For the Discriminating Bee Enthusiast

At last the highly prized periodical (once available only to a select few who knew the secret handshake and where the bodies were buried) has become available to the general public through the grace and largesse of St. Ephesus and of its proprietor, Stanley Ribble. Yes, the Bubwith and Rawcliffe Submariner now lies exposed to the baleful eye of a jaded populace for their edification and general sobriety. All who cheer the restoration and preservation of safe, clean water may now rejoice. Those opposed, say neigh.

Lovely ladies of the roses, you have been vindicated.

Friday, November 10, 2006

Prize Winning!

Whoo hoo -- thanks to alert Horror list member Todd Mason, I just found out that the Joshi/Dziemianowicz collection I'm in just won the International Horror Guild award for Non-Fiction! Hurrah! Read the whole story at Ansible. I would say buy the book, but perhaps the better exhortation would be to get your library to order it.

Wednesday, November 08, 2006

Little Lifts on a Rainy Day

It's amazing the big effect of a small good thing (about the size of a hazelnut, if you asked Julian of Norwich). As the days get darker and my students get more tired, it's harder to find energizing moments. So it was nice to see the new webpages of my friend Diane Saarinen and find that she credits me with inspiring her to write about her Finnish heritage. Thanks, Diane!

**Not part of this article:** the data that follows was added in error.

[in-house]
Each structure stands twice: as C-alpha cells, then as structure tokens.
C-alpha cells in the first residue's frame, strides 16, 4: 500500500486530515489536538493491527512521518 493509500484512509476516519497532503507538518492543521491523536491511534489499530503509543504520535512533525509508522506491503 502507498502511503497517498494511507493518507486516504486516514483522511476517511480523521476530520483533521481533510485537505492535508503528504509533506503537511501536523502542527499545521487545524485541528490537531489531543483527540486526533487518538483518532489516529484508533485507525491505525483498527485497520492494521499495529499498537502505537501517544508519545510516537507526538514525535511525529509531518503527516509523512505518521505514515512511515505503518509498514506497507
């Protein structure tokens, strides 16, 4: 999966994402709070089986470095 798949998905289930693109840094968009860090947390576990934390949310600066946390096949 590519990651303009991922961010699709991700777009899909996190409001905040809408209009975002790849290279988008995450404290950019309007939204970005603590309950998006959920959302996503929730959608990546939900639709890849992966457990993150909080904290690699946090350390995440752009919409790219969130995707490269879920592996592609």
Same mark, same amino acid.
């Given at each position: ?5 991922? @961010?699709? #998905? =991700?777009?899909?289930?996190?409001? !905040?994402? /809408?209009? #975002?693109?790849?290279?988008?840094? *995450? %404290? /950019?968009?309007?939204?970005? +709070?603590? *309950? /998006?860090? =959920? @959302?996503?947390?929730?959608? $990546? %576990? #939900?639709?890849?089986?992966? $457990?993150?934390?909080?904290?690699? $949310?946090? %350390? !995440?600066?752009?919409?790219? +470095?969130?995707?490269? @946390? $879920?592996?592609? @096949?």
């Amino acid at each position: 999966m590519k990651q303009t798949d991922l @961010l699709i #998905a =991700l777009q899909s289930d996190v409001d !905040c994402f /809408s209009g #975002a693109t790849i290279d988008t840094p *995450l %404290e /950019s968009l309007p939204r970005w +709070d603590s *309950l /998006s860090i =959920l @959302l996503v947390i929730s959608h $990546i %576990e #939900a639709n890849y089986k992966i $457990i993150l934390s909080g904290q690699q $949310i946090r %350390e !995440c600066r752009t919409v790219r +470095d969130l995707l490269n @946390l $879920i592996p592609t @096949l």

And then I got a note out of the blue from a colleague who happens to have been one of the judges for a recent competition where she read (unbeknownst to her at the time) one of my stories. When she found out, she wrote me a very kind and complimentary email. Yay -- gives you that warm snuggly feeling that Cute Overload does.

I'm certainly not complaining about rainy days. Bring on the cool weather! But drizzly times are best for hot chocolate and quiet contemplation. Yet there's so much work to be done. The long mad dash toward the end of the semester only gets shorter and shorter (and faster and faster). I'm still trying to find my feet at St. Rose -- my students are so quiet! I know I'm not alone -- everyone seems to have the same story. But it only makes me more determined to get them talking somehow.